Farm Policy

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Farmers were among those hardest hit by the Great Depression. Their problems, however, had been around for nearly a decade. During World War I, European agriculture had been largely destroyed, and the U.S. government had been purchasing farm products. The result was inflated prices for many crops. From 1916 to 1919, for example, net farm income rose from $4 billion to $10 billion. In 1920, however, a combination of agricultural recovery in Europe and an end to government purchases of wheat created a situation in which the market was flooded with surplus crops. A bushel of wheat quickly fell from $2.50 to less than a dollar. As prices tumbled, a decline exacerbated by the stock market crash of 1929, American farmers went from producing 16 percent to 9 percent of the national income.

When Franklin D. Roosevelt became president in 1933, he promised in his inaugural speech on March 4, 1933, to restore the health of agriculture. If the purchasing power of farmers was restored, he believed, farmers would in turn help boost the demand for manufactured goods. This could be accomplished, Roosevelt and many others believed, by decreasing production. Throughout the 1920s, agriculture had been characterized by overproduction as more crops were produced than the market could handle, thereby effectively driving down the prices. Farmers, then, were seen by Roosevelt as the key to bringing the nation out of the Depression.

Under the direction of Secretary of Agriculture Henry A. Wallace, the Roosevelt administration drew up the Agricultural Adjustment Act. The theory was that if production could be limited, then prices would rise, demand for farm commodities would more nearly match supply, and agriculture would recover. With these aims, the Act was pushed through Congress in May 1933. The Agricultural Adjustment Act gave subsidies to farmers based on the acreage of farmland that landowners either allowed to lie fallow or used for the production of non-surplus crops. For every bushel of corn, for example, that corn farmers did not raise, the government would pay them thirty cents. Over the next two years, while many Americans were starving, over thirty million acres of cotton, corn, and wheat fields were taken out of production, with farmers receiving over $1.1 billion in government subsidies.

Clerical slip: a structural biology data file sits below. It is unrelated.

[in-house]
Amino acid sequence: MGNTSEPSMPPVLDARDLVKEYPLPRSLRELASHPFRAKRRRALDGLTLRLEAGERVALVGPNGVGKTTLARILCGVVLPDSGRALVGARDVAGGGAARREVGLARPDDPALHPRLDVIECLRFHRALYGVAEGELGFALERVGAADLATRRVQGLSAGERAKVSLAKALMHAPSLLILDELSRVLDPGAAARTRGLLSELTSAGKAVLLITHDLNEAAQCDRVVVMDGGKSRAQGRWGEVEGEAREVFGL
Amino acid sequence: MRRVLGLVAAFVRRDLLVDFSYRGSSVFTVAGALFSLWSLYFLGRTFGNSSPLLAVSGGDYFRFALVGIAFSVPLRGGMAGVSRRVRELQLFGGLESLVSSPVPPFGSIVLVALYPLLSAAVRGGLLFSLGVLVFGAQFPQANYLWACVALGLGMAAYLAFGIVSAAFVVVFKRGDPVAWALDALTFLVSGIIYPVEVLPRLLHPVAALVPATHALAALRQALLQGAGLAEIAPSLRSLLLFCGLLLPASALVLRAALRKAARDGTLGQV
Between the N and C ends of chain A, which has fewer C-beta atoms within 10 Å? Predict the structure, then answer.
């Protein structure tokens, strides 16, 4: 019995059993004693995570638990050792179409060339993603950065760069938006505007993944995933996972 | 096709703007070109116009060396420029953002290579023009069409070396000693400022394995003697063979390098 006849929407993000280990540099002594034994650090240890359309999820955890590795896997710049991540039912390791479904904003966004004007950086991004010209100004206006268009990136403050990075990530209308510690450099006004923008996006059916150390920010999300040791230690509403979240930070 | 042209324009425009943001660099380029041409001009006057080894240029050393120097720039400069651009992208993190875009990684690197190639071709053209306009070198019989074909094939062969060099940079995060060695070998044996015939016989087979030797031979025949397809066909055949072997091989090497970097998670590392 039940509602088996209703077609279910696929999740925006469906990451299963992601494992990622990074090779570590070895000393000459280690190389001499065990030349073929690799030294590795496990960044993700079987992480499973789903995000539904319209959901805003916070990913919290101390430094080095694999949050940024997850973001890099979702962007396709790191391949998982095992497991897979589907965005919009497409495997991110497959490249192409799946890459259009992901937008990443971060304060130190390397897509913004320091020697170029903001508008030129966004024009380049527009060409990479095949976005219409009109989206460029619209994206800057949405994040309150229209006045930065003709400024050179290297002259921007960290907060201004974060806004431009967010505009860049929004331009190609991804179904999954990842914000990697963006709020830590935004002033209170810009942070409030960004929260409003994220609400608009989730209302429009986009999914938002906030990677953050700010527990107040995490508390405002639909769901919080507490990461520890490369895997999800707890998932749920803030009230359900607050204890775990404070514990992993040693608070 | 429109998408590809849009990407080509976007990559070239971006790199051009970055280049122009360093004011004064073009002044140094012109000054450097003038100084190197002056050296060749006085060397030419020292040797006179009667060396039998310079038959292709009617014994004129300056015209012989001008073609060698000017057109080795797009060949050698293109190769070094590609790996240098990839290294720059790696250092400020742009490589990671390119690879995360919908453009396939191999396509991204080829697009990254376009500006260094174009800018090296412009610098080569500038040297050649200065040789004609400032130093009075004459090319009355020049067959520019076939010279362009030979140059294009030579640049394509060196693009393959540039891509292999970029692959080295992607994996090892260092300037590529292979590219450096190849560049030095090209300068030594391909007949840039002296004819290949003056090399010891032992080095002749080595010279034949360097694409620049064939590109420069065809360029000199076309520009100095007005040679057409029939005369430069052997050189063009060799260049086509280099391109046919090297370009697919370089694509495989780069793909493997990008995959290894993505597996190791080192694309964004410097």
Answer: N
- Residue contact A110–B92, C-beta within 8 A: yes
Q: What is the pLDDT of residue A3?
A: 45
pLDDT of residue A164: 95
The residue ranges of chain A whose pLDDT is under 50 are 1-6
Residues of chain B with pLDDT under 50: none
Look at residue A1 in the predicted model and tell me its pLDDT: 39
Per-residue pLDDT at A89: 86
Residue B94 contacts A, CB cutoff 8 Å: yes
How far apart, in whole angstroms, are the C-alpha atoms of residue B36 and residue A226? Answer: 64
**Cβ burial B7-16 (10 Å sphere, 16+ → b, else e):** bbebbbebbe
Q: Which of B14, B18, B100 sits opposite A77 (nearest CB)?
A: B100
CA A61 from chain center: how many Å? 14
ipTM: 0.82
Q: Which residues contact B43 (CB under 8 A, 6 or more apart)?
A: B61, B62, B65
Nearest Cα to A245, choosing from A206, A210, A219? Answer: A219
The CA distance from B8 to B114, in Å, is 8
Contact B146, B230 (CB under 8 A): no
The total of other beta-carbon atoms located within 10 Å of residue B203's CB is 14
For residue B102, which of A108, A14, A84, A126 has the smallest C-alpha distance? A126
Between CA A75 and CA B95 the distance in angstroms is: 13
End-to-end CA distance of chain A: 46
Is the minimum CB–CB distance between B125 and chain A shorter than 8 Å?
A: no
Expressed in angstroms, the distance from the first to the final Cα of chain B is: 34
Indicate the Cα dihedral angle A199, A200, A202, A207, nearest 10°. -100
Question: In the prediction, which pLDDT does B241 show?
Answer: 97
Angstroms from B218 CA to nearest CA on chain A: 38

The goals of the Agricultural Adjustment Act were largely attained; from 1932 to 1936, the price of a bushel of wheat almost tripled. And hogs, which had been selling at $3.34 per hundred pounds, rose to $9.37. In terms of overall income, farmers witnessed a rise of $1.8 billion to $5 billion. If landowners benefited from the Agricultural Adjustment Act, those who worked their lands, such as tenant farmers and sharecroppers, did not. Although landowners were supposed to share the government payments with their tenants, they often failed to do so. Landowners, particularly in the South, pocketed the cash while evicting their tenants or sharecroppers, or cutting their acreage and simply not allowing them to grow cash crops.

In addition to the Agricultural Adjustment Act, the Roosevelt administration launched the Tennessee Valley Authority, which was designed, in part, to aid the farmers of the rural South. In short, this public corporation held as central goals the generation of electricity along the Tennessee River and the making and distributing of nitrogen-based fertilizer. Thus, while attempts were made to limit the production of cash crops through the Agricultural Adjustment Act, other attempts were simultaneously made to increase the productivity of the farmers of the rural South.

While the droughts, floods, and dust storms (such as the 1935 to 1940 dust storms that caused the Dust Bowl in the states of Oklahoma, Texas, Kansas, and Colorado) helped to reduce harvests and push up prices, new technologies counteracted the effects of such natural disasters, increasing productivity and driving small farmers from the land. In the 1930s, hybrid corn was developed and became increasingly popular among farmers in the Midwest. This new type of corn proved more resistant to disease and insects. In addition, the stalks grew straight and strong, the crop ripened all at once, and the ears were all at the same height, which meant that by using another new technology—the gasoline tractor—productivity would be increased. Even with other crops, such as cotton and new mechanical cotton-pickers, technology was used to increase production while the Roosevelt administration was simultaneously attempting to limit production.

In Butler v. U.S. (1936) the U.S. Supreme Court ruled the Agricultural Adjustment Act to be unconstitutional. To replace it, Congress passed the Soil Conservation and Domestic Allotment Act in 1936. This law aimed at eliminating soil-depleting crops and subsidizing farmers with general revenues rather than a special tax. In 1938, however, production quotas returned with a second Agricultural Adjustment Act. This farm bill, much like the original 1933 Act, gave the federal government the authority both to pay farmers not to plant crops and to set market prices for agricultural goods. Until World War II pulled the nation out of the Depression, subsidization served to reduce price inflation for agricultural goods and to increase net farm income.



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Hamilton, David E. From New Day to New Deal: American Farm Policy from Hoover to Roosevelt, 1928–1933. 1991.

Kennedy, David. Freedom from Fear: The American People in Depression and War, 1929–1945. 1999.

Kirkendall, Richard S. Social Scientists and Farm Politics in the Age of Roosevelt. 1966.

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Kim Richardson